Wednesday, November 16, 2011 — Week of Proper 28, Year One
Margaret, Queen of Scotland, 1093
Today’s Readings for the Daily Office (Book of Common Prayer, p. 992)
Psalms (morning) 101, 109:1-4 (5-19) 20-30 // 119:121-144 (evening)
1 Maccabees 3:42-60* *found in the Apocrypha
In the scene that Matthew gives us, the collectors of the temple tax ask Peter whether Jesus’ followers pay the temple tax. “Yes, he does,” answers Peter. It was an answer that would please Roman authorities when they might be suspicious of the new Christian movement.
There is a second conversation about the ultimate freedom that those who are royal children enjoy. The implication seems to be that Jesus’ followers, as children of God, are completely free and liberated from obligations to lesser authorities.
In Matthew’s sequence, by his next action Jesus seeks to keep the peace. Jesus has Peter catch a fish that will have the coin for the temple tax in its mouth. Peter is to pay the tax so that they would not give offense to the authorities.
The story is not unlike the question elsewhere in the Gospel whether it is right to pay taxes to Caesar or not. Jesus anwered, “Whose image is on the coin?” Every Roman coin bears Caesar’s image. The wonderfully ambiguous answer: “Give to Caesar what is Caesar’s, but give to God what is God.” Every listener would know that all things come from God — the earth is the Lord’s and all that is in it.
Such answers intend to maintain the ultimate freedom that is ours as God’s children and affirm the absolute claim that God has on us and on all creation. At the same time, they are also practical answers that protected the early church from persecution as enemies of the state.
There have been Christians who have protested the payment of taxes on religious and ethical grounds. Some were jailed during the Vietnam War era when they withheld a percentage of their tax that represented their share for the financing of what they believed was an immoral war. Acts of civil disobedience have generally included a willingness to suffer the consequences of such disobedience.
The early church walked a fine line between its declaration of challenge to the Roman Empire — the fundamental creed “Jesus is Lord” defies the claim that “Caesar is Lord” — and the church’s wish to avoid active persecution. From Matthew’s perspective, paying the hated tax to the Jupiter temple was not a place to draw a line.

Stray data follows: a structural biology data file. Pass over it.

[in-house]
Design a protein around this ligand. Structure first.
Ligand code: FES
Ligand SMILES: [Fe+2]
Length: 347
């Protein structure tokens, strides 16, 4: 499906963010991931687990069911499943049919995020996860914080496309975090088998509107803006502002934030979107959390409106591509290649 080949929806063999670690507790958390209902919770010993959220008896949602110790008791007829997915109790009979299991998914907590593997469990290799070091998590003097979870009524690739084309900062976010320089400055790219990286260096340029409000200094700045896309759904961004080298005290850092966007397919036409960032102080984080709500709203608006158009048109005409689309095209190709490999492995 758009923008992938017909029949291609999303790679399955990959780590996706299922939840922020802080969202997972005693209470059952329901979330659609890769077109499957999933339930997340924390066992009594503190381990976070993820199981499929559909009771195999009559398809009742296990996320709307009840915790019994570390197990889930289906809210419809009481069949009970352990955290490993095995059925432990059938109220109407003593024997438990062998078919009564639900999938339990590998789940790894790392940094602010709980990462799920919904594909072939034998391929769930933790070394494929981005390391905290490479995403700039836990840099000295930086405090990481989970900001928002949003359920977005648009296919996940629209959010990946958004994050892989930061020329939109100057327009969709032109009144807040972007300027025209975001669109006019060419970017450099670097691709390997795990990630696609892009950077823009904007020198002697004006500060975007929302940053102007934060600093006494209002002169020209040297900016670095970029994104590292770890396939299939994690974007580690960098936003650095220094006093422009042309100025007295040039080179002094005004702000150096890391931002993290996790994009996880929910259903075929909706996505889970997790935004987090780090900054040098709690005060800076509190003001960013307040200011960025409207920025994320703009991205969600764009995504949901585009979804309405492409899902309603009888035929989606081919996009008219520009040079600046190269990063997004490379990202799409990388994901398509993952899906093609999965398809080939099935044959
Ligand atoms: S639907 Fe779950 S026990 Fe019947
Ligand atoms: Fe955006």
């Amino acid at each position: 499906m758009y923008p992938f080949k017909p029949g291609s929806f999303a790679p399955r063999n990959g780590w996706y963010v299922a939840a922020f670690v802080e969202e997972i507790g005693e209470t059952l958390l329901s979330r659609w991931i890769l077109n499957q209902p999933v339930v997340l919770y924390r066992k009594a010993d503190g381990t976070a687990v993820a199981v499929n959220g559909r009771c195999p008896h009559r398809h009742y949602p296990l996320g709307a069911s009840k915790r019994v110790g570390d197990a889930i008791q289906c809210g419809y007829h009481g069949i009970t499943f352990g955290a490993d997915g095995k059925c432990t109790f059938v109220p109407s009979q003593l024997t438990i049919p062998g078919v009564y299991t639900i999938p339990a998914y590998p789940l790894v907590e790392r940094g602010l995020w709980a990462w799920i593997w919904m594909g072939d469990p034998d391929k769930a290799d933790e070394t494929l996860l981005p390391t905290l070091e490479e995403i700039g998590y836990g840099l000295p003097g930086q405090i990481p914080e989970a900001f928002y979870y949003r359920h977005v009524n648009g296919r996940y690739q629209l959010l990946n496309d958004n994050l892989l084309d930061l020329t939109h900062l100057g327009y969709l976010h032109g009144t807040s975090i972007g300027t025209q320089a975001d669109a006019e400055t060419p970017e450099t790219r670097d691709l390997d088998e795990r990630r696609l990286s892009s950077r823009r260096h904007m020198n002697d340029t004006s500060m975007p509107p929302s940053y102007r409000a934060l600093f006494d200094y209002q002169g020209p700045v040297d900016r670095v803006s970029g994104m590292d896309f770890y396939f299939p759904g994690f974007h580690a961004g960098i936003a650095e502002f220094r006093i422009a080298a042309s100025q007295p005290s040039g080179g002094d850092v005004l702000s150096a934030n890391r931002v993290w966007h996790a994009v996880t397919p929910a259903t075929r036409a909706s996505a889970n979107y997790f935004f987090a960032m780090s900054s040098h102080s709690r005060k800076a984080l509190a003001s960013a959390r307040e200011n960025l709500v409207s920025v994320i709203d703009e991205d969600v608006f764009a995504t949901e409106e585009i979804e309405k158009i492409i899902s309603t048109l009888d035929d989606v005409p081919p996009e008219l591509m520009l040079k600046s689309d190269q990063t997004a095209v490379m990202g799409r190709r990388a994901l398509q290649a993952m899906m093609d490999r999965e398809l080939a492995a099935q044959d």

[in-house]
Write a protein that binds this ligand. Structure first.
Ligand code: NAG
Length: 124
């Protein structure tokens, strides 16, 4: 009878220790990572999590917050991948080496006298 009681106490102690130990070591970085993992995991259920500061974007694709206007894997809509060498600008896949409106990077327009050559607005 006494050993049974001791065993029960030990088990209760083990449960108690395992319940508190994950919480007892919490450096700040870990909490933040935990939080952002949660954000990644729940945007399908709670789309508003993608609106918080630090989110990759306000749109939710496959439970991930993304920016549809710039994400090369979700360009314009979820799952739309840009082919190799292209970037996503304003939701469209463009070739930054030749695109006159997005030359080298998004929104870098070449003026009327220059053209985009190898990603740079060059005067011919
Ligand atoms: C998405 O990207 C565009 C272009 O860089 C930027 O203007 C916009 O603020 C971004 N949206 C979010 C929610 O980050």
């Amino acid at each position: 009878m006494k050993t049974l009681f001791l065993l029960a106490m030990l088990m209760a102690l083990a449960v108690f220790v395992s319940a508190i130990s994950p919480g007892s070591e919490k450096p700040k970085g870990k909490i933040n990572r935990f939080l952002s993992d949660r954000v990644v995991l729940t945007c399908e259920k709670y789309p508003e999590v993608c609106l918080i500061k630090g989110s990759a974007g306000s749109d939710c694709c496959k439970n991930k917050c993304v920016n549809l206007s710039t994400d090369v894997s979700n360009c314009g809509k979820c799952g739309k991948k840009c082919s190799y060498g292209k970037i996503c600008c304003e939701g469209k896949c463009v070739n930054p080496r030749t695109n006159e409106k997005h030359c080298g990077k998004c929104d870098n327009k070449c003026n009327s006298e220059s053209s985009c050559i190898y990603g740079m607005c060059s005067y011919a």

Where is that line? For the most part, I am glad to pay taxes because our taxes support so many of the services that are basic to a healthy society. I am blessed to be in a high tax bracket because my wife and I both have jobs that pay us well. We certainly could afford to pay more taxes, and would happily do so if it would relieve the suffering for those who do not enjoy the security that we do. I prayerfully hope our nation is on the way toward providing a public way of insuring health care for all people as most other industrialized countries already do, and I would gladly raise taxes on people like me to underwrite such a benefit.
On the other hand, I opposed the unnecessary war and occupation that the Bush administration launched against Iraq, and the subsequent $800 Billion cost to taxpayers which helped reverse the budget surplus President Bush inherited, sending us into a deep deficit. (The human suffering from that decision to go to war is incalculable.) It would have been much more honest for Mr. Bush and Congress to raise taxes on people like me who can afford it in order to pay for the war rather than to continue to pass the costs to future generations. But it seems raising taxes is even more unpopular than war, so we borrow.
So, like nearly everyone else, I pay my taxes, and I argue about what the best use of our resources might be. I hope for a more progressive tax policy that relieves the poor and lets those of us to whom much has been given be expected to give more. Is there a line for me when the policies of a government might be so abhorrent that I would refuse to pay taxes? I don’t know. Maybe there is. I know that I do respect many who have risked their freedom to raise into public awareness policies that are immoral.